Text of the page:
Carbon dioxide sequestration by mineral carbonation Literature review update 2005–2007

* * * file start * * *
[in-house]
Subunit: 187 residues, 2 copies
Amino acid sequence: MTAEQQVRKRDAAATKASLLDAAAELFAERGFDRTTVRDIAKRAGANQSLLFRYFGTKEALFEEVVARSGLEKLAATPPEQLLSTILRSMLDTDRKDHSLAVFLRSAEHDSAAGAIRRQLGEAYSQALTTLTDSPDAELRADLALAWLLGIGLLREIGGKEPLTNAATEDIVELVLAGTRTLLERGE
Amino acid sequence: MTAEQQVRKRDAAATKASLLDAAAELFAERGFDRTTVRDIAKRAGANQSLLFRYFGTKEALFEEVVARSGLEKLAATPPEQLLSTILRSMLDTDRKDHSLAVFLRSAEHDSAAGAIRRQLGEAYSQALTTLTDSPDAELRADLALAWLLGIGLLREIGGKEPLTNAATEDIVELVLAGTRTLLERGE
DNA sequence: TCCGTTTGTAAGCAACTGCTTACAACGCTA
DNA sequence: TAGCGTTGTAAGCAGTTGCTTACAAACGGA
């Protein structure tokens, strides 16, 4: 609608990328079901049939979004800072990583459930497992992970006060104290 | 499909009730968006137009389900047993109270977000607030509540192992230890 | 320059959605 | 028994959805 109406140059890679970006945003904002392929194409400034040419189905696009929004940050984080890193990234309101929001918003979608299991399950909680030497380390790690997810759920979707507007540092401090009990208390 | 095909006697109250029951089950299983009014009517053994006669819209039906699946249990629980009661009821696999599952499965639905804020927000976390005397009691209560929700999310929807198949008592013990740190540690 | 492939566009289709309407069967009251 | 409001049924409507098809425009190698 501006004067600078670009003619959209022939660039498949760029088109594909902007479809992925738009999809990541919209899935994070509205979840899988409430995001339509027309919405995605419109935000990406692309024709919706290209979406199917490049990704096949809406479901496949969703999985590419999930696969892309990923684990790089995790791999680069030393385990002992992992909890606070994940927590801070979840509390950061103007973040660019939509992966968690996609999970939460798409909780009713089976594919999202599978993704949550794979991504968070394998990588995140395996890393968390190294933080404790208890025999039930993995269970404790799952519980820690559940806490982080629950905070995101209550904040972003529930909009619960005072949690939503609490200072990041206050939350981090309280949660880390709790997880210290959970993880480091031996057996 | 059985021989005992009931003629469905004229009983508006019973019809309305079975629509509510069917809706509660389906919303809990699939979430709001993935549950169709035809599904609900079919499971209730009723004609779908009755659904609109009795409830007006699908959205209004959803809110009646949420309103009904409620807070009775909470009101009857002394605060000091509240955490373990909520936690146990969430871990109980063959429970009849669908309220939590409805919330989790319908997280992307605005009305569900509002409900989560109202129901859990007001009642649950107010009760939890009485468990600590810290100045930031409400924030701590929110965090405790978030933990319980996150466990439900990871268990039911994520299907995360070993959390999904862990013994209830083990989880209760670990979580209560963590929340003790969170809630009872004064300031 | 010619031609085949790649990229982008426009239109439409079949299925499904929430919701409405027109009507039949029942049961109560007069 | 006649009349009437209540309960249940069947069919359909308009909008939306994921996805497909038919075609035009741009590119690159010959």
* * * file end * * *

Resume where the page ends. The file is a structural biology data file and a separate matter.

The field of mineral sequestration for the long-term storage of carbon dioxide is a CCS (carbon dioxide capture and storage) option that provides an alternative for the more widely advocated method of geological storage in underground cavities, especially at locations where such underground cavities are not available, where the risk of leakage of the CO2 stored underground is considered unacceptable, or where large resources of material suitable for carbonation are present. Although the state of the art of mineral carbonation processing technically suffers from too slow chemical kinetics and poor energy economy, the driving forces for continued attention for this CCS route are its sheer capacity (dwarfing other CCS methods), the fact that it gives compact and leakage-free CO2 fixation that needs no post-storage monitoring and finally the potential of operating at a zero (or negative) net energy input, provided that the process is properly optimised, and utilises the benefits of favourable thermodynamics. Despite partial successes and promising process ideas, so far the keys to success have not been found. While work on this subject did not start until the 1990s, earlier literature reviews have considered the period until 2000 [1†], the period until 2003 [2†] and the years 2003-2004 . As already noted in the previous review, the increasing worldwide interest in mineral carbonation (demonstrated, for example, by the number of contributions to the latest GHGT conferences) has motivated the prompt production of the next literature review. The information collected and presented here shows that mineral carbonation R&D found its way to an increasing number of countries, and that besides carbonation of magnesium- or calcium-based minerals especially the carbonation of waste materials and industrial by-products is expanding. Currently the main route for carbonation uses aqueous solutions, either “direct”, where an additive is used to achieve the required chemical reaction rate, or “indirect” where extraction of Mg or Ca and the subsequent carbonation of that are separate process steps that are optimised independently. Depending on whether purpose of the goal is to bind large amounts of CO2, or produce a carbonate material, the methods, process parameters, input materials and additives vary widely depending on what cost level is considered acceptable. One aspect addressed in some more detail in this report is energy efficiency, showing that the costs of process heat input are significantly over-estimated when charged the same way as power input, giving a false impression of overall process economics. For large-scale CO2 sequestration using magnesium silicates the aqueous route developed in the U.S. is still the most successful one, with a cost level at above 40 €/t CO2. Work on stepwise carbonation of serpentine with the exothermic carbonation step conducted at high temperatures and pressures is ongoing in Finland.